Sounds and minor stuff aside, the performance of the drag on the water was not very satisfactory. At the beginning it worked fine, but with some use it developed slight jerkiness at the beginning of movement, and even while turning the release of line didn't feel uniform and I could sense the resistance fluctuating. I cleaned and lubed the washers thoroughly, but it didn't help, and it got worse as the drag pressure increased. It's not the kind of disruptive performance that's guaranteed to lose the fish, but it made me nervous nevertheless. My only resort around that was to fight fish on much lighter settings than one should, which is bad for both the angler and the poor fish, in addition to being a waste of time.
For instance this one took me about 40 minutes to land on the BMC 80, which is absolute rubbish because usually a fish of this size takes me 10 minutes at most on a bad day. I apologise for the blood and carnage. I treat my catches with proper respect and never let a fish suffer or thrash around, but sometimes the gaff hits the gills or belly and inadvertently causes excessive bleeding. I rarely have anyone around so I do my own gaffing one handed while controlling the rod with the other hand.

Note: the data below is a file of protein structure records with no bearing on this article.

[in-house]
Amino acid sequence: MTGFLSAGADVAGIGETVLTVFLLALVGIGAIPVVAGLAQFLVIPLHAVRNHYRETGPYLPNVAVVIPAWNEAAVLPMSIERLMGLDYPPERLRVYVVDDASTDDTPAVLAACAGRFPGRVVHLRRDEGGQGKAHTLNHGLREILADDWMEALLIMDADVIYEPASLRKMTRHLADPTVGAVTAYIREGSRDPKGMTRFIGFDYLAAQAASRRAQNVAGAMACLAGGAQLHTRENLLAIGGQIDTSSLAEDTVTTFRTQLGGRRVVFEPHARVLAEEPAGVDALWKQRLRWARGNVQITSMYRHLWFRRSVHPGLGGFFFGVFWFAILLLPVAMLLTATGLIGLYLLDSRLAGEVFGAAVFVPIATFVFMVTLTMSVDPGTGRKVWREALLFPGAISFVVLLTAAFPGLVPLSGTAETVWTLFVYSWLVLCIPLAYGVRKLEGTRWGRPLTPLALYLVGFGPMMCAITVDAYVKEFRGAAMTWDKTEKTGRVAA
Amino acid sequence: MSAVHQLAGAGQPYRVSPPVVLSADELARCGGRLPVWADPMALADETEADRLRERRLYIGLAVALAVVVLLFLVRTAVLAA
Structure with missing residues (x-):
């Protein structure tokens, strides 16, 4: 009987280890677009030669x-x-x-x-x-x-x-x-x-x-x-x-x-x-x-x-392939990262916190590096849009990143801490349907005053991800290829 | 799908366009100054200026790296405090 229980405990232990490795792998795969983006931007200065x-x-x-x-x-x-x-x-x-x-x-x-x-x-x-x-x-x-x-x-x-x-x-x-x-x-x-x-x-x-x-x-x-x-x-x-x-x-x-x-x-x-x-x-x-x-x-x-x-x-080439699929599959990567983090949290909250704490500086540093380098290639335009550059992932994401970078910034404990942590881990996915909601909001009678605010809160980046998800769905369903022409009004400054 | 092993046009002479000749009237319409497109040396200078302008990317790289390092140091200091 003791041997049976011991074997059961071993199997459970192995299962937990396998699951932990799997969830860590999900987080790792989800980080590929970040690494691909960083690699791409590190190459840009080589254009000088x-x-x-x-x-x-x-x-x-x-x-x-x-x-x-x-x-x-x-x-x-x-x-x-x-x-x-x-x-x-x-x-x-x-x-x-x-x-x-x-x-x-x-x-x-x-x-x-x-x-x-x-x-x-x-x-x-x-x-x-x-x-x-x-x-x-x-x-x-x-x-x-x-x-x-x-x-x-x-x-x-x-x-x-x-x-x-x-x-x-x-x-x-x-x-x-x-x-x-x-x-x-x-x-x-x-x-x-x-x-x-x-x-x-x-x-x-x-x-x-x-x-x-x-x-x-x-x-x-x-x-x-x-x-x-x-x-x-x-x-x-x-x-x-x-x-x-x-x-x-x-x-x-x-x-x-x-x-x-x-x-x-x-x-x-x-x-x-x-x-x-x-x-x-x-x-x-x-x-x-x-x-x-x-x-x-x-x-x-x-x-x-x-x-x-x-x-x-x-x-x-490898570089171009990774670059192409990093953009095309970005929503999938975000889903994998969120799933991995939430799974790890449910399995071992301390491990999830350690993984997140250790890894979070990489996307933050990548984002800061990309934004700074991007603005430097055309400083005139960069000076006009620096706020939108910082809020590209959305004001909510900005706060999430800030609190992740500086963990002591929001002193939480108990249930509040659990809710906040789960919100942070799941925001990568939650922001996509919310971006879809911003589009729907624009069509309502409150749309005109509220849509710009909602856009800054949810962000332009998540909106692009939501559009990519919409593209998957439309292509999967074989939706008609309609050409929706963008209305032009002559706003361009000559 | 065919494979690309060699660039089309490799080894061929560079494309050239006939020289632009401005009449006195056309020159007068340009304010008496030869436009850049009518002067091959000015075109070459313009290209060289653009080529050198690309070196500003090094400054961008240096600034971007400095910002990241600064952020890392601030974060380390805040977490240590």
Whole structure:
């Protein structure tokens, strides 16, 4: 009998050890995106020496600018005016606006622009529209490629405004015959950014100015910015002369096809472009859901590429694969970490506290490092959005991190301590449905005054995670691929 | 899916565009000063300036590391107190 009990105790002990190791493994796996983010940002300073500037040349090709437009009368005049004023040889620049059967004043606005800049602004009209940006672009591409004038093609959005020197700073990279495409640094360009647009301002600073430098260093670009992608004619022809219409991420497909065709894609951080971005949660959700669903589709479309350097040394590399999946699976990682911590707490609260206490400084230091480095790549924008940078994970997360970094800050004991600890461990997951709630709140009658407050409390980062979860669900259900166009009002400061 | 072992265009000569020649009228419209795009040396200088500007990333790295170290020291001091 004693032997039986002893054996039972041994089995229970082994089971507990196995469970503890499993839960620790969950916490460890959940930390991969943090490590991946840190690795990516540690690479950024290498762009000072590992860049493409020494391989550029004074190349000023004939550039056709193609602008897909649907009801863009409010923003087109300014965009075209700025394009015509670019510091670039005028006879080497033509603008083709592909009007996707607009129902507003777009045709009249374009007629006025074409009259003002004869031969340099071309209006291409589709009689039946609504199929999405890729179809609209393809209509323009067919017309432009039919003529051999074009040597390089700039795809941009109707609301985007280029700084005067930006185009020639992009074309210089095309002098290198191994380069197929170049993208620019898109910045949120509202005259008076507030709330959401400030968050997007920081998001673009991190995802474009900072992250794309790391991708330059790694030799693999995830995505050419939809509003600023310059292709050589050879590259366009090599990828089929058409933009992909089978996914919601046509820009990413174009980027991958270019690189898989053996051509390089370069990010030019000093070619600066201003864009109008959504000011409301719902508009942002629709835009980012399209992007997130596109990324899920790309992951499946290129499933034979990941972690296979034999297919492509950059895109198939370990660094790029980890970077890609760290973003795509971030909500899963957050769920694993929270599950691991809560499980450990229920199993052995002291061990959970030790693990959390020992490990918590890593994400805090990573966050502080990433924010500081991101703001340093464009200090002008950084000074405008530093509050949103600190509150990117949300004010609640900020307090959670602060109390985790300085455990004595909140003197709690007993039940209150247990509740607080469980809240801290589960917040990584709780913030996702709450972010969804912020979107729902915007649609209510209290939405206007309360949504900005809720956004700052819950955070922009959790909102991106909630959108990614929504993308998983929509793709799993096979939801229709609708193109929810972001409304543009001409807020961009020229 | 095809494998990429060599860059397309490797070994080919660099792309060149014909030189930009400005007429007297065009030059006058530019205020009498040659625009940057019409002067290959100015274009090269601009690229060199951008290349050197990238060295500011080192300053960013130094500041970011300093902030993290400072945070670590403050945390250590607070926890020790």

These are the culprits. The drag washers are simply horrible. They aren't a full mesh of fibres, but rather a solid strip in the middle with a thin layer of fabric attached to each side. They don't compress, the surface isn't even, and after a little while they fall apart and the fabric falls off the middle strip as seen in the photos. These horrendously low quality washers don't belong in any serious reel.
Final word about the spool, it doesn't have removable shims to adjust line lay because of the way the drag sealing is done.
This is how the 80 lays line, of course photographed before I joined the leader to show it clearly. There is a slight gap at the bottom of the spool, which could have been remedied easily by adding a spool shim, but unfortunately not an option here.